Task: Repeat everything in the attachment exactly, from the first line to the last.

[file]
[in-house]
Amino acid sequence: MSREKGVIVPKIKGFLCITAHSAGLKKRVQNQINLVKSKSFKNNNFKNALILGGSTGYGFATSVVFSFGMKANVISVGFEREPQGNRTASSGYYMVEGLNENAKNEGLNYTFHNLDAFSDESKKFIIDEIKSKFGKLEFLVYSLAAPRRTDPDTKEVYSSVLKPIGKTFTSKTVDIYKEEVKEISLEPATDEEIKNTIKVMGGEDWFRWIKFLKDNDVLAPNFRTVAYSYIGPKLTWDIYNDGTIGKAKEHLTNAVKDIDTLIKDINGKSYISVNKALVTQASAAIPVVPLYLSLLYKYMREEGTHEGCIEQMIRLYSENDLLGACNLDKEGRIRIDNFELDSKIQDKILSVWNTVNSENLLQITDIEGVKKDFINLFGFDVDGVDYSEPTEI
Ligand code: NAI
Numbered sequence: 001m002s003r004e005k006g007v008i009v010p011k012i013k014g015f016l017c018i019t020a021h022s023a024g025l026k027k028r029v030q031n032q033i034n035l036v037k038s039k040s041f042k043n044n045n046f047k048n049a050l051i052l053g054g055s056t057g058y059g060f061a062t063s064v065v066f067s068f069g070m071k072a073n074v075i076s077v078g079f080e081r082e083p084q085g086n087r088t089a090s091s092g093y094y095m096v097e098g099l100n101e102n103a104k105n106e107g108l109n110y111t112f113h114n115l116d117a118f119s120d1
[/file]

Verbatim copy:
[in-house]
Amino acid sequence: MSREKGVIVPKIKGFLCITAHSAGLKKRVQNQINLVKSKSFKNNNFKNALILGGSTGYGFATSVVFSFGMKANVISVGFEREPQGNRTASSGYYMVEGLNENAKNEGLNYTFHNLDAFSDESKKFIIDEIKSKFGKLEFLVYSLAAPRRTDPDTKEVYSSVLKPIGKTFTSKTVDIYKEEVKEISLEPATDEEIKNTIKVMGGEDWFRWIKFLKDNDVLAPNFRTVAYSYIGPKLTWDIYNDGTIGKAKEHLTNAVKDIDTLIKDINGKSYISVNKALVTQASAAIPVVPLYLSLLYKYMREEGTHEGCIEQMIRLYSENDLLGACNLDKEGRIRIDNFELDSKIQDKILSVWNTVNSENLLQITDIEGVKKDFINLFGFDVDGVDYSEPTEI
Ligand code: NAI
Numbered sequence: 001m002s003r004e005k006g007v008i009v010p011k012i013k014g015f016l017c018i019t020a021h022s023a024g025l026k027k028r029v030q031n032q033i034n035l036v037k038s039k040s041f042k043n044n045n046f047k048n049a050l051i052l053g054g055s056t057g058y059g060f061a062t063s064v065v066f067s068f069g070m071k072a073n074v075i076s077v078g079f080e081r082e083p084q085g086n087r088t089a090s091s092g093y094y095m096v097e098g099l100n101e102n103a104k105n106e107g108l109n110y111t112f113h114n115l116d117a118f119s120d1